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Simple integration

  1. May 10, 2008 #1
    i know how to integrate.

    but why is 3/x 3 log x

    3x^-1 3 x^0 X^0 = 1 3*1 = 3.

    i know I'm ignoring the divide by zero

    why does log come into it.

    4e^(1/2) im messing this one up as well.

    4e^(3/2) / (3/2)

    = 8/3e^(3/2) thats like as far as i get it.

    somehow the answers have it at 8e^1/2

    can anyone explain how that is so
    Last edited: May 10, 2008
  2. jcsd
  3. May 10, 2008 #2
    Try differentiating your answer and the correct answer and see what you get (each with respect to x of course). In which case do you get the function you started off with?
  4. May 10, 2008 #3
    I already know that mine is wrong and theirs is right, I just don't know how to get to their answer. >.<

    k : i dont know all rules of integration apparently integral of 1/x = logx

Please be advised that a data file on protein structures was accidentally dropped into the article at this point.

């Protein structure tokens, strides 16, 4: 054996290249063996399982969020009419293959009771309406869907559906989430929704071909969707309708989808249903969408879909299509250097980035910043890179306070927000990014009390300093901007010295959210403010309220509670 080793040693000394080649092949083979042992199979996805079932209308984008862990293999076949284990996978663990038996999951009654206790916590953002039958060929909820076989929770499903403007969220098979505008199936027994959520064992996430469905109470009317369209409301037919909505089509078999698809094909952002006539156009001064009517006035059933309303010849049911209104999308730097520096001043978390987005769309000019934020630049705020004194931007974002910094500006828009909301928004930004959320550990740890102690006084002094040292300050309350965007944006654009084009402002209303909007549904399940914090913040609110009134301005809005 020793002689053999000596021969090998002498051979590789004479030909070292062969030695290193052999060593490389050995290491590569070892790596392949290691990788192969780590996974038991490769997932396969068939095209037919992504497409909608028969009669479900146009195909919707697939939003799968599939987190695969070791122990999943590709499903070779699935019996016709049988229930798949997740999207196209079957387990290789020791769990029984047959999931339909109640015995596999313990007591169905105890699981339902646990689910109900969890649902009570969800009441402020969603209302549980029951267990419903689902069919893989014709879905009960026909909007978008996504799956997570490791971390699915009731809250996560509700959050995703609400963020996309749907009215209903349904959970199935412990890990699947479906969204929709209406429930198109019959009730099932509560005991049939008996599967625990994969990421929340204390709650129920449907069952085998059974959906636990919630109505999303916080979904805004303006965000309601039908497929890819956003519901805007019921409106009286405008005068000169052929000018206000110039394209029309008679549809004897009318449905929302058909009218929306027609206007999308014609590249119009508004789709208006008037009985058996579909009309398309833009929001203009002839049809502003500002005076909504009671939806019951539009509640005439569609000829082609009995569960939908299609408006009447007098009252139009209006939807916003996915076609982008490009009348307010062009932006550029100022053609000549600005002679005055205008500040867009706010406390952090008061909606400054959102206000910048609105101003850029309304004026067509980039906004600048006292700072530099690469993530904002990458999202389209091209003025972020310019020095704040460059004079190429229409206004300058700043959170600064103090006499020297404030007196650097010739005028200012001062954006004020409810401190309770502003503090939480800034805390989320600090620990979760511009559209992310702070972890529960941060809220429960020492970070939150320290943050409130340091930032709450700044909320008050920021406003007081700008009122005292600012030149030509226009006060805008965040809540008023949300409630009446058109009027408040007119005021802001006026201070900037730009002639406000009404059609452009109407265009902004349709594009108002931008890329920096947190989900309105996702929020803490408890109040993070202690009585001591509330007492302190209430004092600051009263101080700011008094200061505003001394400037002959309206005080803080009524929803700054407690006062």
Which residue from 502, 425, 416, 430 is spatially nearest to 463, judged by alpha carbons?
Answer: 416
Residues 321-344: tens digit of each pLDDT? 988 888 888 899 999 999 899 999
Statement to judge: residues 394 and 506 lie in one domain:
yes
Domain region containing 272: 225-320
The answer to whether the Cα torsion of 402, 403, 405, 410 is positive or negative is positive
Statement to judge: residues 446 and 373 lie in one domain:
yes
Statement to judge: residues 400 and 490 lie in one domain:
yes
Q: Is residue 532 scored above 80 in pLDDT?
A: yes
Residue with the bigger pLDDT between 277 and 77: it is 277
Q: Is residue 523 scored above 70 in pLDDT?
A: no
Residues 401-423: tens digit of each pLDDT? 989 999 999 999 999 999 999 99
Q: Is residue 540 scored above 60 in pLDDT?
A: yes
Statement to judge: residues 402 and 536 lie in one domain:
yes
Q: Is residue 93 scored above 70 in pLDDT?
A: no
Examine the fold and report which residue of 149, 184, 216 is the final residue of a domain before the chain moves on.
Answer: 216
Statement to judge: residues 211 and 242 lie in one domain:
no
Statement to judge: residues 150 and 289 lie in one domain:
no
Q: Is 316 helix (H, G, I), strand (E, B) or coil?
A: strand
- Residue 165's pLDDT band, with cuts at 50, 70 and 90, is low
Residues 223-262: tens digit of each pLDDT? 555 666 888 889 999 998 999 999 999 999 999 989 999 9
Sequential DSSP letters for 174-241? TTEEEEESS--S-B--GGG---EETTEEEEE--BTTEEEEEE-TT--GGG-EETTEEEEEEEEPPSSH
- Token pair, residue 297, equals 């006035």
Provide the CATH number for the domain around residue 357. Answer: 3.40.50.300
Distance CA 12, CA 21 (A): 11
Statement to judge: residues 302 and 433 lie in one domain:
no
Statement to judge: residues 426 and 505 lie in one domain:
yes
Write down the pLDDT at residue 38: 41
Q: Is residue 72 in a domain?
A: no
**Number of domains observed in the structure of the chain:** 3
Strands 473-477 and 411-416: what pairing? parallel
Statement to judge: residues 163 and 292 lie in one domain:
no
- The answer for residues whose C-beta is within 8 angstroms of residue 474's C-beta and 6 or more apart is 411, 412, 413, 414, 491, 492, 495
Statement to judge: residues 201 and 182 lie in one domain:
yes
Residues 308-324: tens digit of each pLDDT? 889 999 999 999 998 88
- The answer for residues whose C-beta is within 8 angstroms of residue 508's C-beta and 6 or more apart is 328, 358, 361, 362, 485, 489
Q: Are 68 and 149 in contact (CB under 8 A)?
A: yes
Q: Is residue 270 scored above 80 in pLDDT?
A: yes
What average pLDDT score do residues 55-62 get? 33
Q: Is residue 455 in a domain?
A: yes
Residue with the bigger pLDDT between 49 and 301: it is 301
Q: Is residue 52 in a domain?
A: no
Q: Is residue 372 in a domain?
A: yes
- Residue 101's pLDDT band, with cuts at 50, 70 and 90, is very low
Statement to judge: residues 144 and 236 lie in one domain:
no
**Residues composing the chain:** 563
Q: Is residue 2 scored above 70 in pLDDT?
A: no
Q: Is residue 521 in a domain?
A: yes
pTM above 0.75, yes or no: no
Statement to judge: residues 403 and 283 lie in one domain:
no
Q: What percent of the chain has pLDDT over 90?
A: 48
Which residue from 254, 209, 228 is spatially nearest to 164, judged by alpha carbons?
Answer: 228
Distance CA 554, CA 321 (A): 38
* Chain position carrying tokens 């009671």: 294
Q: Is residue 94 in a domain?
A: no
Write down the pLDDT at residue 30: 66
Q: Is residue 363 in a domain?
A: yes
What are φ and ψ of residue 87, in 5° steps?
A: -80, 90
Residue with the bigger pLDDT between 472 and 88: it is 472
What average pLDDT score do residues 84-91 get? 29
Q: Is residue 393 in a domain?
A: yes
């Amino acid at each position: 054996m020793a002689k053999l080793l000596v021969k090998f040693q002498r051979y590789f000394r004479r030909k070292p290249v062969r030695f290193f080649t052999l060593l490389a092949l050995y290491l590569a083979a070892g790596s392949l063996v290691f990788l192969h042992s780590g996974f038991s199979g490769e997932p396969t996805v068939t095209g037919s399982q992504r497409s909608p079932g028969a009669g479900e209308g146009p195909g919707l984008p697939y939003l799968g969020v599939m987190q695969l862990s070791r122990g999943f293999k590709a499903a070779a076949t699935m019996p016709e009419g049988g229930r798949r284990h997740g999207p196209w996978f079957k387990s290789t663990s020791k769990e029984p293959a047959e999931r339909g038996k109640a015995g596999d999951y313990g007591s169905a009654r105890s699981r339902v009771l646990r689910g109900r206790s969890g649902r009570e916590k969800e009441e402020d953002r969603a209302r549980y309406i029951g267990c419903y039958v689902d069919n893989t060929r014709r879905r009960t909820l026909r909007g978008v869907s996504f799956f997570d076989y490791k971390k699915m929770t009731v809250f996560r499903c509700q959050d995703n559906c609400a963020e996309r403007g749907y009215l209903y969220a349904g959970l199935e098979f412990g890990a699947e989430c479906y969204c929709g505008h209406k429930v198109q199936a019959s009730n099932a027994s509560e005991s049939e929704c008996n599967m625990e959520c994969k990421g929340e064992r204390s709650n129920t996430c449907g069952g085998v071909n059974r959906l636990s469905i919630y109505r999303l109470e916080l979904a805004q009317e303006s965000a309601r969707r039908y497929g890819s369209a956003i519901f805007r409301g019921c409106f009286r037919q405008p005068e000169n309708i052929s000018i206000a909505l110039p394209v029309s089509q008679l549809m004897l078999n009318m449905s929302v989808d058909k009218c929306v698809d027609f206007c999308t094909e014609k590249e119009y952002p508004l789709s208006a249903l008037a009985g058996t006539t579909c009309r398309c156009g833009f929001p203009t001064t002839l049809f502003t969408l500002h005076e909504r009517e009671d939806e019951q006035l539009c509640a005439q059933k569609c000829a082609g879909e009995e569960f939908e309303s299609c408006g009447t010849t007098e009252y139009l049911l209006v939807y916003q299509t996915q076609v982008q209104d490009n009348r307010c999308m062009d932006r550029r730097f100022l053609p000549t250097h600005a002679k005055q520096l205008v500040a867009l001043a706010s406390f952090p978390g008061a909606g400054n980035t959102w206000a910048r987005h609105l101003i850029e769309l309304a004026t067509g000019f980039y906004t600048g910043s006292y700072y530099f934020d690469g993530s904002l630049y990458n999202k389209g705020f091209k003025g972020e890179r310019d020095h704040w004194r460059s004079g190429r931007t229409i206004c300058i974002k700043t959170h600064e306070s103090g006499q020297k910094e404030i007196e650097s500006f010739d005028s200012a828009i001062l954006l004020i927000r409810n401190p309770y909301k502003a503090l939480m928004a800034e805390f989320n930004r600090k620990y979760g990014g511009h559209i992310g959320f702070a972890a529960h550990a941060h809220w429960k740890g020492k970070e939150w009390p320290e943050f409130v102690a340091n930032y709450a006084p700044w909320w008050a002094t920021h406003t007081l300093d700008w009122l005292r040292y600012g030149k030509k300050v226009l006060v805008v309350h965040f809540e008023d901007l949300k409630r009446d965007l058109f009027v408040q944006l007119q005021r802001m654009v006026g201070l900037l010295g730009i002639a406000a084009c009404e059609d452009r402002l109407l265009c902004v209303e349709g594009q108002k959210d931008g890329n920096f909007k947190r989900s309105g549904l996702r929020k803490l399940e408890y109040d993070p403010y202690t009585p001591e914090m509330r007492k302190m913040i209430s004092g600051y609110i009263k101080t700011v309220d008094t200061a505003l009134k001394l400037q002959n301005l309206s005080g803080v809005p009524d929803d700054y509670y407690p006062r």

still need help on 2nd one though
    Last edited: May 10, 2008
  5. May 10, 2008 #4
    Re-write your original post, it's very hard to interpret!
  6. May 10, 2008 #5


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    Well, obviously, your answer is wrong precisely because you are "ignoring that divide by 0".

    One way to show that "log(x)" comes into it is to define log(x) as
    [tex]\int_1^x \frac{dx}{x}[/tex]
    That is done in some textbooks.

    Or you can define log(x) to be the inverse function to ex. Then if y= ln(x), x= ey. Differentiating both sides by x, 1= ey dy/dx or dy/dx= 1/ey. Since ey= x, that is dy/dx= 1/x.

    Since the derivative of log(x) is 1/x, the anti-derivative (indefinite integral) of log(x) is 1/x+ C.
  7. May 10, 2008 #6
    this is a 5 year old exam, i assume the anti-derivatives dont come on my exam now, as the teacher hasnt taught them and they arnt on the last few year exams.

    so il leave it for now. =)
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